By Sarath Kumara
9 July 2010
Despite opposition from the US, Pakistan signed an agreement with Iran on June 13 to go ahead with a $US7.6 billion gas pipeline between the two countries that will provide a desperately-needed supply of energy to Pakistan from 2014. The deal cuts across Washington’s efforts to isolate Iran economically through UN Security Council sanctions and its own unilateral penalties against Tehran’s nuclear programs.
The agreement signed between the Iranian Gas Export Company and the Pakistan Inter State Gas Limited will provide 21.5 million cubic metres of gas daily to Pakistan. The pipeline will run from Iran’s large South Pars gas field. Islamabad will carry out a feasibility study over the next year for its section of the pipeline before beginning construction. Continue reading
Pick up the annals of history, and we find frequent examples of the abject failure of using religion to manage a state. One of a better example today is the neighbouring state of Iran. A 1979 “revolution” ensured that a quasi monarchist dictatorship was replaced by a theocratic based dictatorship. As Iran uncomfortably grinds towards further chaos, Pakistan, as its very next door neighbour needs to take note. The Iranian situation has various chilling messages for Pakistan:
1) The religious theocracy in Iran enjoyed much better support in Iran because of the dictatorship of the Shah. Pakistan has tended not to elect religious right in the corridors of power even though the society has been remarkably conservative in its religious outlook. But the failure of democratic rule to effectively govern the country while providing its citizens the basis rights for their poperty, honour and better economic conditions will result in a scenario not too different from Iran’s. The failure of the Shah to govern the country with proper rule of law, using fascist tactics to ensure his own rule, and failing to provide for economic sustenance for common masses conspired to tilt the public opinion in favour of the religiously mandated movement. It doesn’t take much for a society ruled by corrupt and iron fisted rulers to turn towards self proclaimed messiahs, whether they are religious right or hard left communists.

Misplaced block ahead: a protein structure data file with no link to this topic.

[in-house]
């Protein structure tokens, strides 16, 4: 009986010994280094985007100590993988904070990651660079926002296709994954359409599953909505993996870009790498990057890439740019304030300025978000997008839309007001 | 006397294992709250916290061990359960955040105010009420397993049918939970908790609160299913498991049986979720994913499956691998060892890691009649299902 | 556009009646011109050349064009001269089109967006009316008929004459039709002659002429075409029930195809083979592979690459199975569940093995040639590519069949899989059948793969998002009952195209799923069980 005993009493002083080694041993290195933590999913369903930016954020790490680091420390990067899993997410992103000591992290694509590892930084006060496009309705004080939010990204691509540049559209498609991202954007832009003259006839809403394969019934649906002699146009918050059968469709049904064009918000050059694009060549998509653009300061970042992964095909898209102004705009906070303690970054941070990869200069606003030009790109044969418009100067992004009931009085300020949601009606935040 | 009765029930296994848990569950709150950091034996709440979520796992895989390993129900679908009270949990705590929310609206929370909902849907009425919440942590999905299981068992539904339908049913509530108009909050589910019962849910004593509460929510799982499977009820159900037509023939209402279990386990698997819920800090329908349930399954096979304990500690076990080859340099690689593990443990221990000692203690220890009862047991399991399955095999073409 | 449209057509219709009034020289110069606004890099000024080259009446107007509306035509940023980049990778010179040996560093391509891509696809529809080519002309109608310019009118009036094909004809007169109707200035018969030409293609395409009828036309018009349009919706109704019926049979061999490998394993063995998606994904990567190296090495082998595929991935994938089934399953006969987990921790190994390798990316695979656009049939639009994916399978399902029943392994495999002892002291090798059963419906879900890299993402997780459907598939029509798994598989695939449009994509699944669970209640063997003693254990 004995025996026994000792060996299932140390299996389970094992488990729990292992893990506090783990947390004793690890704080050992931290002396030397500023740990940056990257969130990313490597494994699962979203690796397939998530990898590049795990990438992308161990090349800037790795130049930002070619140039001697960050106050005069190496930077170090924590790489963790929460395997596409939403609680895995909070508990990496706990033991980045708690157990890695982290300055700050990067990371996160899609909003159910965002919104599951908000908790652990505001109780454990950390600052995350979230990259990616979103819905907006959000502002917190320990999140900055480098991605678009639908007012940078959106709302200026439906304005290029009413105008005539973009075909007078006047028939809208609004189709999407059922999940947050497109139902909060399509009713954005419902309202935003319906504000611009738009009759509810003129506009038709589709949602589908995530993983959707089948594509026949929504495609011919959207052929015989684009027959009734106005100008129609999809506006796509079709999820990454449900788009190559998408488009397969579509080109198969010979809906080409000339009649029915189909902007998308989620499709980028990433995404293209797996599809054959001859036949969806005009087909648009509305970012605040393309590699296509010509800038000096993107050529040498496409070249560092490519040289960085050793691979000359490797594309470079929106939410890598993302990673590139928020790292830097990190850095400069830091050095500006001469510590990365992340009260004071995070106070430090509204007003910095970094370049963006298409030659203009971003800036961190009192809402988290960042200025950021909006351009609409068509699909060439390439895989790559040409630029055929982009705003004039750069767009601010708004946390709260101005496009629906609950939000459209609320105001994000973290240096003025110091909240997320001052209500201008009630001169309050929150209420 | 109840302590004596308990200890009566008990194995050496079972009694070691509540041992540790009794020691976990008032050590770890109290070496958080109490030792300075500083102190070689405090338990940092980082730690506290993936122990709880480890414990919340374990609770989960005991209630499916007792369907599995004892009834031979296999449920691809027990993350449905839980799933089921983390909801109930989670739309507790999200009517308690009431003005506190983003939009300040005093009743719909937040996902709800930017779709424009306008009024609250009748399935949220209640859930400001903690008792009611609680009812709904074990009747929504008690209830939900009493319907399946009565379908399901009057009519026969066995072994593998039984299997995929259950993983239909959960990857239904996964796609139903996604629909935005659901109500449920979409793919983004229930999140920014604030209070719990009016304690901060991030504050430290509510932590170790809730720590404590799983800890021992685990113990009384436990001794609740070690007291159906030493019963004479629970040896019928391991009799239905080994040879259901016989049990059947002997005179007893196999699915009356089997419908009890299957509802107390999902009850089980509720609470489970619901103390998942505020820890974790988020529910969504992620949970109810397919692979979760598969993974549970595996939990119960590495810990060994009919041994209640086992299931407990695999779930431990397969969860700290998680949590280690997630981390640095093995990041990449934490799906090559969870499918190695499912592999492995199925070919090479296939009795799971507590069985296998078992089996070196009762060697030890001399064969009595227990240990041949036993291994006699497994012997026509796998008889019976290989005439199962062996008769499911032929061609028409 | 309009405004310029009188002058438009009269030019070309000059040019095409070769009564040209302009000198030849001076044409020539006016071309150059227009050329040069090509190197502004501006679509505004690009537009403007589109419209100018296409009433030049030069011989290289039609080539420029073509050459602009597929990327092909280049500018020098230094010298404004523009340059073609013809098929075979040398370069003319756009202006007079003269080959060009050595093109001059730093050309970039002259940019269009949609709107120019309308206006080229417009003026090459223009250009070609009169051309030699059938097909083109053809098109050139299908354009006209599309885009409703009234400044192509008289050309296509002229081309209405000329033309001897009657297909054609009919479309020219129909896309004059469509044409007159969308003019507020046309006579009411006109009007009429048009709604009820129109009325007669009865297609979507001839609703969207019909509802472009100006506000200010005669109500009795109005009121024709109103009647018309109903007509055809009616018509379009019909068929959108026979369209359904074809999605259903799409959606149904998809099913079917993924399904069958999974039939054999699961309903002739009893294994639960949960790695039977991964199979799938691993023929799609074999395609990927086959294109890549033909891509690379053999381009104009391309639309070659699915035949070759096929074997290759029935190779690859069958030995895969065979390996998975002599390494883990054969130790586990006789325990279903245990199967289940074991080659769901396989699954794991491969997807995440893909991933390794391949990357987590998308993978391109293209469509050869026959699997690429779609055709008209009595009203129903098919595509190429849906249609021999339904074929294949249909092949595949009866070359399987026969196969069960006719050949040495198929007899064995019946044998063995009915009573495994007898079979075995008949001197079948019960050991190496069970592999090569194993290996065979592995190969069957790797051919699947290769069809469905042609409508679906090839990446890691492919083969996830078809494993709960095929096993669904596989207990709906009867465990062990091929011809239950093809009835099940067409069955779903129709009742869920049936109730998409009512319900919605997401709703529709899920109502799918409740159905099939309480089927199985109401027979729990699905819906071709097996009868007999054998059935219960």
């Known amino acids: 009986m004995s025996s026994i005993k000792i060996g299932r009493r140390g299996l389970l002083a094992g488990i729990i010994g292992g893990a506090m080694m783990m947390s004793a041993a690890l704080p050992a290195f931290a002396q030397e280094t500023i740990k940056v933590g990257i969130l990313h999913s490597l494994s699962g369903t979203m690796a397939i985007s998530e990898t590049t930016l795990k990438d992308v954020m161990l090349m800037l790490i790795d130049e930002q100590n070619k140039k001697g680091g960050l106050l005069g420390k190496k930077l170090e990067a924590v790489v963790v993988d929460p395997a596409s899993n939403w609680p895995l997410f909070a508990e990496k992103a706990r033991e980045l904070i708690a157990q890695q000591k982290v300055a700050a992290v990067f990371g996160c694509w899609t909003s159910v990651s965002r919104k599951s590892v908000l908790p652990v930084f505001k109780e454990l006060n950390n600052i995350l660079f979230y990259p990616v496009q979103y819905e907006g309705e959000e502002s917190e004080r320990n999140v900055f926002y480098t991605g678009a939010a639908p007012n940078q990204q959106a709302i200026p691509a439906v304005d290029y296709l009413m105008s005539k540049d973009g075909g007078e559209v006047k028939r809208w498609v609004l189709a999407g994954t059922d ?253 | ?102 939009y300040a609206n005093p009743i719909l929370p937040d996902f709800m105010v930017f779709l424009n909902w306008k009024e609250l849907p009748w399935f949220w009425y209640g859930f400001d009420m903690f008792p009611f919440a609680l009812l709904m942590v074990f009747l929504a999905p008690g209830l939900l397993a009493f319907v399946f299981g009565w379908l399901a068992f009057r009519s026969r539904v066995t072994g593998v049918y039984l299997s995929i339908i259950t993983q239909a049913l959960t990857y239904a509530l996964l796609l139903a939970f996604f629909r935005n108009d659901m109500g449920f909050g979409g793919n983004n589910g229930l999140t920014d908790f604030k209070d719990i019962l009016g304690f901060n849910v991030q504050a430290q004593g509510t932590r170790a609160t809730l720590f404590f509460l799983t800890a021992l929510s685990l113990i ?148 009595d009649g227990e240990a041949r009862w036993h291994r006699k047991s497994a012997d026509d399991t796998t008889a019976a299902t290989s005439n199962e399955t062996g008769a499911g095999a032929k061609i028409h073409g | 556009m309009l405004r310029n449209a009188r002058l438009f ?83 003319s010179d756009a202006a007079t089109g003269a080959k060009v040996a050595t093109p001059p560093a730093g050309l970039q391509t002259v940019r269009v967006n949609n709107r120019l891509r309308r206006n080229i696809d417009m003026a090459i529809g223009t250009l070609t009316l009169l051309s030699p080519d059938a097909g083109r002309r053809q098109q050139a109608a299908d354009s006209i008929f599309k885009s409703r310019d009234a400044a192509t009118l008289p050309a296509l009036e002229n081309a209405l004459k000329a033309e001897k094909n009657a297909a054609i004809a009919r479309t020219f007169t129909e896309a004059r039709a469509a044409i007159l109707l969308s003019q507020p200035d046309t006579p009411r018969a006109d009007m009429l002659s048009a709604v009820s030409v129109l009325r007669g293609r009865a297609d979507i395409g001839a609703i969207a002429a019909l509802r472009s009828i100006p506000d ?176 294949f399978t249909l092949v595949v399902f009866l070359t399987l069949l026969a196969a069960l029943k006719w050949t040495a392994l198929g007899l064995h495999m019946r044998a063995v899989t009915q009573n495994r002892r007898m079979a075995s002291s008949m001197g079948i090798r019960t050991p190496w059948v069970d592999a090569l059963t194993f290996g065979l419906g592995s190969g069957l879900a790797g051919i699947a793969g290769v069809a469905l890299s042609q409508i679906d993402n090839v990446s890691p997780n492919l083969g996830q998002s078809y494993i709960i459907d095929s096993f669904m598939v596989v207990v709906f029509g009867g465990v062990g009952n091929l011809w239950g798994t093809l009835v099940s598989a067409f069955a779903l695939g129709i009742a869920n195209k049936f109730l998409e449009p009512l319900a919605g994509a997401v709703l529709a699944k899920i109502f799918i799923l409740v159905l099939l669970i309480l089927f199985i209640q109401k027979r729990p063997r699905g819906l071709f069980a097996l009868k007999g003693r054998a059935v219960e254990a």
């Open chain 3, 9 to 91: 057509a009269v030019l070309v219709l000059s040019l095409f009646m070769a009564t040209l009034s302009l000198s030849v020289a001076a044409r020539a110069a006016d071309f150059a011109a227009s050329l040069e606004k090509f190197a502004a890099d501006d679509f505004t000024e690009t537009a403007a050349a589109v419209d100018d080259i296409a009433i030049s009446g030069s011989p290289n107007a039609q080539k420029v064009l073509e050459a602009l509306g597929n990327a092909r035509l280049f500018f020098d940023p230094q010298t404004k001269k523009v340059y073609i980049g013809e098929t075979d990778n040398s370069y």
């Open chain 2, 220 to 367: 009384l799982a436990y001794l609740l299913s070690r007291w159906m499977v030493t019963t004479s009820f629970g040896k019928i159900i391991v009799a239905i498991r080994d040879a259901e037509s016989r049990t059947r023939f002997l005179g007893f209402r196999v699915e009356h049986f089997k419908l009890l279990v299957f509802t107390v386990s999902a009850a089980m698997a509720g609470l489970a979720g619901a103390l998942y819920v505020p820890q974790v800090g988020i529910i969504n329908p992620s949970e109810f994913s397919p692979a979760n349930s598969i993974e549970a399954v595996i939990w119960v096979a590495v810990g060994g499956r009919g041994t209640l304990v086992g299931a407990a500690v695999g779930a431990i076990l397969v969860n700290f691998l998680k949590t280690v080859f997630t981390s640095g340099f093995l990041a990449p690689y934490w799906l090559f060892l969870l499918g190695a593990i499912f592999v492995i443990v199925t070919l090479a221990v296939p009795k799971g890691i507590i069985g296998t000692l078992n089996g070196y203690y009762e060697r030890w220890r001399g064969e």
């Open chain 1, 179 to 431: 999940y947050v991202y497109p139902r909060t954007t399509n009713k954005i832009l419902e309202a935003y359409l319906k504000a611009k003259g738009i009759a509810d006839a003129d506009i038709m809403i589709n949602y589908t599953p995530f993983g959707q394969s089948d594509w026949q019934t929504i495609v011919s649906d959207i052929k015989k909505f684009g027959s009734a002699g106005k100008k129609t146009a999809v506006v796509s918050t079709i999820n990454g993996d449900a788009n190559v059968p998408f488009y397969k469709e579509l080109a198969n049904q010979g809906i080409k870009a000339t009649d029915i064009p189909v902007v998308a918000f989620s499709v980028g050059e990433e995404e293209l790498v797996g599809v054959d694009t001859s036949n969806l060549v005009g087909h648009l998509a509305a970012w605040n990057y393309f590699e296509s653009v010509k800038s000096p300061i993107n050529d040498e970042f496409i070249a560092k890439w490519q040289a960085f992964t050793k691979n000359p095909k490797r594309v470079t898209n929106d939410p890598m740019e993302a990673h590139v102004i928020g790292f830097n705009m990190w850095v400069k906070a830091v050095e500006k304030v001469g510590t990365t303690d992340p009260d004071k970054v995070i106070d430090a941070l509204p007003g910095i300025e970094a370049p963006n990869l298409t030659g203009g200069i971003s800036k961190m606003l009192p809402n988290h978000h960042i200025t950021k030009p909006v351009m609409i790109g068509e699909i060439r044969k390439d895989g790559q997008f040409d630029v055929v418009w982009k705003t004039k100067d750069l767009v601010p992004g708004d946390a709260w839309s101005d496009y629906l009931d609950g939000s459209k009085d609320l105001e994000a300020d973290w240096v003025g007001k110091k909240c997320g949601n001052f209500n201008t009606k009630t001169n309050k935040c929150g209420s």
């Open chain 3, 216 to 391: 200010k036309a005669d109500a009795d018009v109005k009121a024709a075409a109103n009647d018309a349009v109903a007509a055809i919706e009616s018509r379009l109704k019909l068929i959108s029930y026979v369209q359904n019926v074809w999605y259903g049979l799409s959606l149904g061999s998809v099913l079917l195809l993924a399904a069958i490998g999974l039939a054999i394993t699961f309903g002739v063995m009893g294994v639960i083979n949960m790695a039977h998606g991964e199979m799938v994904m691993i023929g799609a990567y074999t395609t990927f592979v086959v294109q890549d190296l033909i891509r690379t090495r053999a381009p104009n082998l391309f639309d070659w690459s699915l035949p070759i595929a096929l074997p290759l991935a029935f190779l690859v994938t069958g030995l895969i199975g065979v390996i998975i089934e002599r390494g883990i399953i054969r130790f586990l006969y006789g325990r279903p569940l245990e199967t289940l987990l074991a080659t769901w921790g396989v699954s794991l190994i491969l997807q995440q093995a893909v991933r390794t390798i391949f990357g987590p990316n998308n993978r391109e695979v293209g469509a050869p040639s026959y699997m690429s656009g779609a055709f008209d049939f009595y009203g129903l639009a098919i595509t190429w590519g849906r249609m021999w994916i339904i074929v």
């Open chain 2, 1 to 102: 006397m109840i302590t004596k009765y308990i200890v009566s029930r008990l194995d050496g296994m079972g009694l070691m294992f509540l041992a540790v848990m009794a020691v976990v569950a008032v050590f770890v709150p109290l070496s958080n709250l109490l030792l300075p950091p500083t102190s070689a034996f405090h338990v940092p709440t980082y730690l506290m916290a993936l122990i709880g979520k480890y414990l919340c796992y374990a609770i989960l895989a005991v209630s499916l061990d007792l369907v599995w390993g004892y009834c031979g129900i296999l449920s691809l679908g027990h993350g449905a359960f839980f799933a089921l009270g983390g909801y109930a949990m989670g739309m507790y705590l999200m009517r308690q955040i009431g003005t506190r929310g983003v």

2) Now some 30 years later, Iranians are finding it firsthand the iron fisted religious right that had replaced the Shah. Seeking to rule Iran with a divine rule, the new Iranian rulers are resorting to the same fascist techniques that their predecessor used three decades back, and which led directly to his downfall. Iran is a simmering powder keg right now, with deep tensions and resentment against the rulers boiling under the surface that may erupt at the cost of great loss of life. Iranian political leadership is facing the same quagmire that a divinely mandated government will face from time to time; what if the democratic vote looks to undermine the divine structure of the government?
From Saudi Arabia to Iran to Afghanistan to Malaysian and Indonesian provinces, we can be sure of one extremely important social measure that an Islamic religious government takes when it comes to power; enforce women modesty. An Islamist may not have much of a social or economic agenda. But he will make sure that a woman is covered first and foremost. For our readers more in tune with the current Iranian social and political situation, your comments on this thread would be most appreciated. (PTH)
Published at Bloomberg.com
By Ali Sheikholeslami in London
June 1 (Bloomberg) — Iran has barred private schools from teaching music, saying it clashes with the establishment’s Islamic values, following a push to enforce moral standards that may lead to a national dress code for university students.